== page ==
please let me know about resonance effect..that is... how is it drawn?why bonds travel all around the chemical system etc

Asked by ashakutty | 23rd Jan, 2014, 06:25: AM

Expert Answer:

Resonance is a key component of valence bond theory and arises when no single conventional model using only single, double or triple bonds can account for all the observed properties of the molecule.

Resonance occurs because of the overlap of orbitals. Double bonds are made up of pi bonds, formed from the overlap of 2p orbitals. The electrons in these pi orbitals spread over more than two atoms, and hence are delocalized.

Both paired and unshared electrons may be delocalized, but all the electrons must be conjugated in a pi system.

All resonance structures for the same molecule must have the same sigma framework (sigma bonds form from the "head on" overlap of hybridized orbitals).

The hybrid structure is defined as the superposition of the resonance structures. A benzene ring is often shown with a circle inside a hexagon (in American texts) rather than alternating double bonds. The latter example misrepresents the electronic structure. Bonds with broken bond orders are often displayed as double bonds with one solid and one dashed line.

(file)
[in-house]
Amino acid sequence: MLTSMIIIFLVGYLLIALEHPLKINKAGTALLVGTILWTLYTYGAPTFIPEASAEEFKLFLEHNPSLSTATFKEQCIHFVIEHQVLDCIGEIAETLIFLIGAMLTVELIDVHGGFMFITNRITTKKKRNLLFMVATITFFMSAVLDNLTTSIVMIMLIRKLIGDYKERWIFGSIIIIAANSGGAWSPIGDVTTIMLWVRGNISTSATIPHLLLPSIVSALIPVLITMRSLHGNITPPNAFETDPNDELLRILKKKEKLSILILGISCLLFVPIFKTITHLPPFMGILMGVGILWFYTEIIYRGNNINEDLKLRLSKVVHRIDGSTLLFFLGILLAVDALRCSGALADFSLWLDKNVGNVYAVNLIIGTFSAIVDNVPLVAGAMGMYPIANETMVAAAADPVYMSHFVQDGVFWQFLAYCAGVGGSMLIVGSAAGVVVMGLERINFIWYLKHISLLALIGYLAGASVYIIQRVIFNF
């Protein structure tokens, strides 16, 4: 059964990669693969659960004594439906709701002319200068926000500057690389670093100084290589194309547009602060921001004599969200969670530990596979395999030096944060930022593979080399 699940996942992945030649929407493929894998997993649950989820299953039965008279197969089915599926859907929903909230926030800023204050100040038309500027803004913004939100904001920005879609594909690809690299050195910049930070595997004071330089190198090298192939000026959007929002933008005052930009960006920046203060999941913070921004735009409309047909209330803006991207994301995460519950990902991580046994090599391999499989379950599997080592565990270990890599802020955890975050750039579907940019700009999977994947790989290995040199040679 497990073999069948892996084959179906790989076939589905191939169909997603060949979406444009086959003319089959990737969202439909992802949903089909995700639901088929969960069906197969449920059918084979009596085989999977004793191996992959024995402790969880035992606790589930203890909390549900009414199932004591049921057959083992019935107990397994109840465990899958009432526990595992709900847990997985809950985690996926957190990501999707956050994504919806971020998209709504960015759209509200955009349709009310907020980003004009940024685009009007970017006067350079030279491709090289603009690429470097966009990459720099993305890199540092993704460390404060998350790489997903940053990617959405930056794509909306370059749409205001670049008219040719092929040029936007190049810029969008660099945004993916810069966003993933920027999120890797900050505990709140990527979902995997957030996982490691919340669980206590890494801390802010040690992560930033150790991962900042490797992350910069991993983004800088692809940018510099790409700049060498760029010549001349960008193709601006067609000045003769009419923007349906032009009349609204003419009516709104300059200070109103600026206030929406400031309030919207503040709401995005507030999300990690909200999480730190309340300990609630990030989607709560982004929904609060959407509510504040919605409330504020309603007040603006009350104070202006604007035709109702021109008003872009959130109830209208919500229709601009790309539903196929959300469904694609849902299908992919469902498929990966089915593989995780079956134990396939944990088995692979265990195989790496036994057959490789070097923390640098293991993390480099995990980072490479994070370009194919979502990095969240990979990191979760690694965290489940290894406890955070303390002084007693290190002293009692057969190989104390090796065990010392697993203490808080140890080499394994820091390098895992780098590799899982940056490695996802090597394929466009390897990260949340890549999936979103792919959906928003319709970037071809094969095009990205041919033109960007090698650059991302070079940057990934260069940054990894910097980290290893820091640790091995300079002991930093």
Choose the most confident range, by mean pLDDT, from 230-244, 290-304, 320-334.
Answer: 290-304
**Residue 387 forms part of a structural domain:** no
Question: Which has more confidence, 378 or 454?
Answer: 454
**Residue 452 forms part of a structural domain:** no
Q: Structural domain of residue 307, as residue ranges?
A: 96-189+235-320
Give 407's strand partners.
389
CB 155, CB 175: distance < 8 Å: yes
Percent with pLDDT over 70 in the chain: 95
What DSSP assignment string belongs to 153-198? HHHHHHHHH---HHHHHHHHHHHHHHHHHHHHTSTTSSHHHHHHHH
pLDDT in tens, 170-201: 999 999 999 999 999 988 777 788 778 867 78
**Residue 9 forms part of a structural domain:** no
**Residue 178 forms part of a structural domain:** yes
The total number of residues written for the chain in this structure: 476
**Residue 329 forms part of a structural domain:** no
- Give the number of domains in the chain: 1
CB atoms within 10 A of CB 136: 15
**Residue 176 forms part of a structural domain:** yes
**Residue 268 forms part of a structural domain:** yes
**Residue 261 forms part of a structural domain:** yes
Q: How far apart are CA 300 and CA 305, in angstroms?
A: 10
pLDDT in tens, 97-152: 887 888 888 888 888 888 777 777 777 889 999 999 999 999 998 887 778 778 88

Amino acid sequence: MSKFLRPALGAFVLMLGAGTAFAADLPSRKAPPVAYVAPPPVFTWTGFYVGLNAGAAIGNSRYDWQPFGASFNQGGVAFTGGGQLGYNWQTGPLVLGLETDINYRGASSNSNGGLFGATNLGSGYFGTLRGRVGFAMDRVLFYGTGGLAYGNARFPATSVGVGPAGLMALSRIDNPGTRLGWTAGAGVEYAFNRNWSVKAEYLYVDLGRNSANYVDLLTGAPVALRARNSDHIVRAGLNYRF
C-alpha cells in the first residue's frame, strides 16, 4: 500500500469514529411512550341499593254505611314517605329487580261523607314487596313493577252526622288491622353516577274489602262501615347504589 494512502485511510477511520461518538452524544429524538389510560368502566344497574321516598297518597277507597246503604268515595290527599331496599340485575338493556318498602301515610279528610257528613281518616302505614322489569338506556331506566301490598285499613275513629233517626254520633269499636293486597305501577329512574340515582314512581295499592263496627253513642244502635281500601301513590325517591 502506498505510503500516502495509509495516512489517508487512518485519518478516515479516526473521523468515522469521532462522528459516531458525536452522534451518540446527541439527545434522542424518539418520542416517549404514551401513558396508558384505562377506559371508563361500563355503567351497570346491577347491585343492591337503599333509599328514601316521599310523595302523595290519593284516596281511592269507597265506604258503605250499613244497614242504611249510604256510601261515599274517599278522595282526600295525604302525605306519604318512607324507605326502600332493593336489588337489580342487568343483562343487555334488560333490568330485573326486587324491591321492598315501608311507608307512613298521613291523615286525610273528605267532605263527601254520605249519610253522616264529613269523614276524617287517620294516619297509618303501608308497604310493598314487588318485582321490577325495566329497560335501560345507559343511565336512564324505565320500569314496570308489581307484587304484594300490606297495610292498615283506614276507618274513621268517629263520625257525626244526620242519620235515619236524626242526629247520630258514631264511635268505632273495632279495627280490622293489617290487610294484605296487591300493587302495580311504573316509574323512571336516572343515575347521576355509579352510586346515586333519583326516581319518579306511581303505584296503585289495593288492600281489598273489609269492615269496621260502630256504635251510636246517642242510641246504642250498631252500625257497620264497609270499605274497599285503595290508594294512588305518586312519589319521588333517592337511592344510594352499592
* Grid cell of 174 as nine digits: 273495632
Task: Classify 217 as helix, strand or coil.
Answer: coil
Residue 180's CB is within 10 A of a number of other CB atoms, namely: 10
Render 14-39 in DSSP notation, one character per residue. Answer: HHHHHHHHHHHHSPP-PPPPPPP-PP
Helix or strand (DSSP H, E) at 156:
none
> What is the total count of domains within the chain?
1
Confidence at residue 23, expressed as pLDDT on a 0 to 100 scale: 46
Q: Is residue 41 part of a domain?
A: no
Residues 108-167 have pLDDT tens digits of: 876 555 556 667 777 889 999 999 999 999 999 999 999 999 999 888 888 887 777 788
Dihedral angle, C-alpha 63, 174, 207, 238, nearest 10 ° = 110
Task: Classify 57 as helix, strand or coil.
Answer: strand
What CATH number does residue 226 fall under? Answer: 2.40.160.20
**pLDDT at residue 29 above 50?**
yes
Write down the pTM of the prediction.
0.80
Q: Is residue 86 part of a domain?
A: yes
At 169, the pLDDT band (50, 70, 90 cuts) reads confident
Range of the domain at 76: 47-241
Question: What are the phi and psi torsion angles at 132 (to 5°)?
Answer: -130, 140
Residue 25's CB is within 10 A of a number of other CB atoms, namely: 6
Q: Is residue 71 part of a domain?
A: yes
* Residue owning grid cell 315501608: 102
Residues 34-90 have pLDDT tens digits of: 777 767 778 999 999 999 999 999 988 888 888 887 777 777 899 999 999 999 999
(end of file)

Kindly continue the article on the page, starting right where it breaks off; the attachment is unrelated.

Resonance structures are imaginary. They represent extremes of electron location.
In general chemistry the concept of resonance was introduced through inorganic anions such as NO3-, NO2-, ClO4-, SO4-2, CO3-2

Rule #1: Resonance structures must have the same number of electrons. (You should prove it to yourself by counting them). 

Rule #2: All resonance structures must be valid Lewis dot structures.

Rule #3: The hybridization does not change between resonance structures.

Rule #4: The positions of atoms are the same in all structures.

Rule #5: Resonance structures do not have to be equivalent.

The curved arrow shows “movement” of a pair of electrons. It’s an extremely useful accounting system that lets us keep track of changes in bonding and also in charge. Since electron pairs are present either in bonds or in lone pairs, there are really only four combinations of “moves”. 



Answered by Hanisha Vyas | 27th Jan, 2014, 10:59: AM

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